To investigate, the effects of hydrostatic pressure on transmembrane signaling in cold-adapted marine fishes, we examined the high-affinity GTPase activity in two congeneric marine fishes, Sebastolobus alascanus and S. altivelis. In brain membranes there are two GTPase activities, one with a low Km and one with a high Km for GTP. The high-affinity GTPase activity, characteristic of the α subunits of the guanine nucleotide binding protein pool, was stimulated by the A1 adenosine receptor agonists N6(R-phenylisopropyl)adenosine and N6-cyclopentyladenosine, and the muscarinic cholinergic agonist carbamyl choline. Pertussis toxin-catalyzed ADP-ribosylation of the membranes for 2 h at 5°C prior to the GTPase assay decreased the basal GTPase activity 30-40% and abolished N6 (R-phenylisopropyl)adenosine stimulation of GTP hydrolysis. Basal high-affinity hydrolysis of GTP, measured at 0.3 μmol·1-1GTP, was stimulated 22% in both species by 340 atm pressure. At 340 atm pressure, the apparent Km of GTP is decreased approximately 10% in each of the species, and the Vmax values are increased 11 and 15.9% in S. alascanus and S. altivelis, respectively. The apparent volume changes associated with the decreased Km of GTP and the increased Vmax ranged from-7.0 to-9.9 ml·mol-1. Increased pressure markedly decreased the efficacy of N6 (R-phenylisopropyl) adenosine, N6-cylcopentyladenosine and carbamyl choline in stimulating GTPase activity. The effects of increased hydrostatic pressure on transmembrane signal transduction by the A1 adenosine receptor-inhibitory guanine nucleotide binding protein-adenylyl cyclase system may stem, at least in part, from pressure-increased GTP hydrolysis and the concomitant termination of inhibitory signal transduction.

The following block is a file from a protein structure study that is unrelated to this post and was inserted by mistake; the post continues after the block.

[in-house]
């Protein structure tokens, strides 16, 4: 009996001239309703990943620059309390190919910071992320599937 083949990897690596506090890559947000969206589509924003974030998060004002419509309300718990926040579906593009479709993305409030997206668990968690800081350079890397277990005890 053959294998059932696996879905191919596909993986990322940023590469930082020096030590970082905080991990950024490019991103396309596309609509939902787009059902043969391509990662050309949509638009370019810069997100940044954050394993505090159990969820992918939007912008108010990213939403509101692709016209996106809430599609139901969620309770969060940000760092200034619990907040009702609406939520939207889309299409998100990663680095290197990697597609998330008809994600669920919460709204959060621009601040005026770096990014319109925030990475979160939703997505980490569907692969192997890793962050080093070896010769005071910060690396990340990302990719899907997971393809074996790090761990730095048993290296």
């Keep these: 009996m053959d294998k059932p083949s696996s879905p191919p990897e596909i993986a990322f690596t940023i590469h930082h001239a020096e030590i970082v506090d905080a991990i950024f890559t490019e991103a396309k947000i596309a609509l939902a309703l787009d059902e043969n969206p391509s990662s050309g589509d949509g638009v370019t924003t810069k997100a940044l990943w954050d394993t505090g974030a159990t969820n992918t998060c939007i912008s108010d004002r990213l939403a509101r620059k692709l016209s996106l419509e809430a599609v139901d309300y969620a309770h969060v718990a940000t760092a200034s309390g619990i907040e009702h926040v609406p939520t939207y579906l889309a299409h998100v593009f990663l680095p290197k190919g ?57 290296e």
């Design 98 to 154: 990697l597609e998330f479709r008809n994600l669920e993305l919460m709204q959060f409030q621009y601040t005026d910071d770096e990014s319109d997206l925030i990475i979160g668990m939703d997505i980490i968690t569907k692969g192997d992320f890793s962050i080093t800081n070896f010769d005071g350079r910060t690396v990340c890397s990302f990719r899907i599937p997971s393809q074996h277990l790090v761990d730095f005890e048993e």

All Science Journal Classification (ASJC) codes
- Ecology, Evolution, Behavior and Systematics
- Animal Science and Zoology